CTPC User Group


  1. Preview of the Next CTPC Meeting
  2. Multitasking: the Big Myth - Diane Fahlbusch
  3. Backup...Backup...Backup - Phil Sorrentino
  4. Be Careful of Buying Old Versions - Sandy Berger
  5. The Tip Corner - Bill Sheff
  6. Password Managers: What They Are and How to Use One - Mike Morris
  7. CTPC News - Mike Alcorn, CTPC Newsletter Editor

Preview of the Next CTPC Meeting - Tuesday, September 23, 2014 - 6:30 p.m.

Password Managers

Passwords are a necessary evil for secure computing. We hate them but we acknowledge their importance. This month’s CTPC meeting is a round-table discussion about how to handle passwords – how to make them strong and how to keep track of them. Weak passwords such as “password” or “12345” are easy to remember but also easy to crack. The name of your street or your pet’s name is easy to remember but can be easily deduced. Using the same password (even a strong one) for every website you visit works fine until one site you visit is hacked – then your entire online security is compromised. What can you do? Here’s a range of ideas:

A password manager (or password vault) helps you create strong passwords and stores them for you in the cloud. Your passwords are encrypted and can be accessed with a single master password each time you visit a password protected website. Please come join in the conversation. Let us know if you’ve found the right solution for managing your passwords or share your experience with one of the available password managers.

Pizza and refreshments at Uncle Joe’s will follow. Don’t forget our new location: the United Congregational Church of Norwalk on Richards Avenue (directions here). Pizza and refreshments at Uncle Joe’s will follow. CLICK HERE for directions from the church to Uncle Joe’s.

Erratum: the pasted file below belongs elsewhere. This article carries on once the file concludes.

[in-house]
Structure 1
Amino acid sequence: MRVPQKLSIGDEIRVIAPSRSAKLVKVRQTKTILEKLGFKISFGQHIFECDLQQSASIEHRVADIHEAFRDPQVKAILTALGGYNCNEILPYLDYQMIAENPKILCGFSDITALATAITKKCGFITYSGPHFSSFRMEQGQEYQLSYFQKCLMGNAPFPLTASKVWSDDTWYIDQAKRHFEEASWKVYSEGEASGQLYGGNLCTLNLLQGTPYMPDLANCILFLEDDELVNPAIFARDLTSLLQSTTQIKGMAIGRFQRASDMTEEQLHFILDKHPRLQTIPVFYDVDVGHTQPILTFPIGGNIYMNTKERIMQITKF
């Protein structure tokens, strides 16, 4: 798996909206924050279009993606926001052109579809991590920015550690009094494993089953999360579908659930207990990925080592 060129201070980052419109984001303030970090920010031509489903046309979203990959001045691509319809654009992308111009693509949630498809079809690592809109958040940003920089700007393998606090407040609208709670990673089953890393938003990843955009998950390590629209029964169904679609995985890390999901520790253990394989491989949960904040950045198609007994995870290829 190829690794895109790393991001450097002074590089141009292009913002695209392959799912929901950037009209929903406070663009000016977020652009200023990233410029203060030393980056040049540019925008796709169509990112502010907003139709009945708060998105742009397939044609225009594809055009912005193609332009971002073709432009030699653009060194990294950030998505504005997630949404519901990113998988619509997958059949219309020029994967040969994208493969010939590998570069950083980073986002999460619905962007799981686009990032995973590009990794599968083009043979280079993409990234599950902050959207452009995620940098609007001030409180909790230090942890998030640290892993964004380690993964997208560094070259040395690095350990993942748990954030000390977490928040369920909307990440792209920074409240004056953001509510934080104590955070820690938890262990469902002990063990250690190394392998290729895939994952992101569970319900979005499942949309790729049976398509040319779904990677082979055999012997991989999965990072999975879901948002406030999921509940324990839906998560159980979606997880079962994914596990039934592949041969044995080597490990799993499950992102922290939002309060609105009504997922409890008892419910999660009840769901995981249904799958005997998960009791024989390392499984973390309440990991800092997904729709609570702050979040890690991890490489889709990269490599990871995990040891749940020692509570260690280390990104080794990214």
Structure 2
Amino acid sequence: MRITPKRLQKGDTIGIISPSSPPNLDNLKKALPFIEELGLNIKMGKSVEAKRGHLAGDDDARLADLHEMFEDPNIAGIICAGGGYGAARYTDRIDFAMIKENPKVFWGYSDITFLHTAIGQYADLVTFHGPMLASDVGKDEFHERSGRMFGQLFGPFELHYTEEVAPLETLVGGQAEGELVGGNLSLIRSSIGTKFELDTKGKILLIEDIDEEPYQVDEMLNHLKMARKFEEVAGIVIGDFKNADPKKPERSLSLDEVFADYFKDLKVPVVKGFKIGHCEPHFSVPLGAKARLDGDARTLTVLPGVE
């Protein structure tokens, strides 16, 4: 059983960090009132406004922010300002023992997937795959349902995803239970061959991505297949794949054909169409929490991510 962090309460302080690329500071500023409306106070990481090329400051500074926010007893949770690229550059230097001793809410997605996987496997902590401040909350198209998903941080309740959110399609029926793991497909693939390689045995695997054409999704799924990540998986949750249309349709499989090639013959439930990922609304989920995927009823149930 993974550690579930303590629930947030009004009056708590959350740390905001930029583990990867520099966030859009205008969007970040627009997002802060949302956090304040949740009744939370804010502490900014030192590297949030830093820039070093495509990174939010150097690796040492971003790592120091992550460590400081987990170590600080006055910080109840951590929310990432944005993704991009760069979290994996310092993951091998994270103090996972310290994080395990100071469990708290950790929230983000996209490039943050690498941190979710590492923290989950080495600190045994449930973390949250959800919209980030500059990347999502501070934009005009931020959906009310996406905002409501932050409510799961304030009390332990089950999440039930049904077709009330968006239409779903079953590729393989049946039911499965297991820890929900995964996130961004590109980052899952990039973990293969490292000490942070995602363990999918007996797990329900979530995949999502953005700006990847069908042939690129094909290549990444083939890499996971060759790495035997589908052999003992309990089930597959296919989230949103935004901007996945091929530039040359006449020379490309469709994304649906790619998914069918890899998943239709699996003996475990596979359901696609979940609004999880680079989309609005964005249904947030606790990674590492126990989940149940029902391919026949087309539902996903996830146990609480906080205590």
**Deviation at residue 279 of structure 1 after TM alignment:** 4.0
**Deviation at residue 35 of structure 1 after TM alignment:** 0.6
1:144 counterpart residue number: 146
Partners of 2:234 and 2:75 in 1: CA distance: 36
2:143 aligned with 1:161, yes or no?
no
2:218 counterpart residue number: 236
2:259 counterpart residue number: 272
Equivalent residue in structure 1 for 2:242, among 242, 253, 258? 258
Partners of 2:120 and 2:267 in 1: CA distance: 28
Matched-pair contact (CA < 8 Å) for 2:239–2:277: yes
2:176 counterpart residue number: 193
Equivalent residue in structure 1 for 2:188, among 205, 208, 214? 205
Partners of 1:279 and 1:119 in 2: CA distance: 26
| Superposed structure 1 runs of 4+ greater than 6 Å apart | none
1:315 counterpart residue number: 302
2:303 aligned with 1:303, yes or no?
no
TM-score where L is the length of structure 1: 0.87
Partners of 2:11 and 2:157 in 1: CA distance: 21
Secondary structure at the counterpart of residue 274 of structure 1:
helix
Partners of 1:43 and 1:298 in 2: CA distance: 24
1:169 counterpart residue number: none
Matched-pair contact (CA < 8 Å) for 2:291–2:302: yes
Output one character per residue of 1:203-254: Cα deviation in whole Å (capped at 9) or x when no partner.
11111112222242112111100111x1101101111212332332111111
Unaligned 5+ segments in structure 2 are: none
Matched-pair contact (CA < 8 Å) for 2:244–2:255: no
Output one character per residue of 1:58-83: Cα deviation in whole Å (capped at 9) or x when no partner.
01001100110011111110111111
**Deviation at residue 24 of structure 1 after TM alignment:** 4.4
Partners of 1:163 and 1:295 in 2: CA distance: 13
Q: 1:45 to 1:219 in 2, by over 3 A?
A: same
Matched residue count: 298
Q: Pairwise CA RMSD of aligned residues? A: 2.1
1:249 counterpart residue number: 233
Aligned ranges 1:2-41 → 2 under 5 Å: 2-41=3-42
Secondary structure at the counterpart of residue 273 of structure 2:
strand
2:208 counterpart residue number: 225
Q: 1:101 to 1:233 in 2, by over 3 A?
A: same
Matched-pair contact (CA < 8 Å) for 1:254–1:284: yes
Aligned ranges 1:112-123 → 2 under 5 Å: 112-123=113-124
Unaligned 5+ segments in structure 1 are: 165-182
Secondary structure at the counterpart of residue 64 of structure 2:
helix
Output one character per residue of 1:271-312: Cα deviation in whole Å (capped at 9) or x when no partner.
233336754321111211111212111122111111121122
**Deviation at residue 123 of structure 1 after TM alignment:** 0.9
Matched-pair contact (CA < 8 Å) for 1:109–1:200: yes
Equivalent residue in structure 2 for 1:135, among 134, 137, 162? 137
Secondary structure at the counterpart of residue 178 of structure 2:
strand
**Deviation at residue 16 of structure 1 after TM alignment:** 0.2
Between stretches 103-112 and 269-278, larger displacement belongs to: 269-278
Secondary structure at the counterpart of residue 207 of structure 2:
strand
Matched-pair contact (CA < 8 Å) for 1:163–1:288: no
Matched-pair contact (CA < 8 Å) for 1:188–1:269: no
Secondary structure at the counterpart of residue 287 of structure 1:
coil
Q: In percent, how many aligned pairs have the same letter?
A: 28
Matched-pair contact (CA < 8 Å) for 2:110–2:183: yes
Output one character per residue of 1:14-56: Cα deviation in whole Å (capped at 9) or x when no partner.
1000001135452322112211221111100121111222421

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Diane Fahlbusch, President, ICON PC User Group (ICONPCUG), Long Island, NY, May 2014 issue, ICONPCUG Graphic, editor (at) iconpcug.org

Multitasking: the Big Myth

Multitasking became the highly touted skill to possess back at the start of the millennium. The business world thought that more work could be accomplished with the same amount of people with this method. However, do we really all mean the same thing when we say it? Can one learn how to multitask? And, the most important question, does multitasking make one more productive? Well these questions have been the focus of numerous studies worldwide spanning over a decade. They have yielded some interesting results.

Multitasking is actually defined as performing more than one task simultaneously. An example of this is holding on a conversation while typing an email to a business associate. According to Earl Miller, a professor of neuroscience at MIT, we just cannot focus on more than one thing at a time. However, many people use the same expression to describe performing one task at a time, and then switching to another one quickly. Working in one program on your computer, and then switching to a different program in another open window is a common example. This is actually called “task switching”, but it is often lumped under the category of multitasking.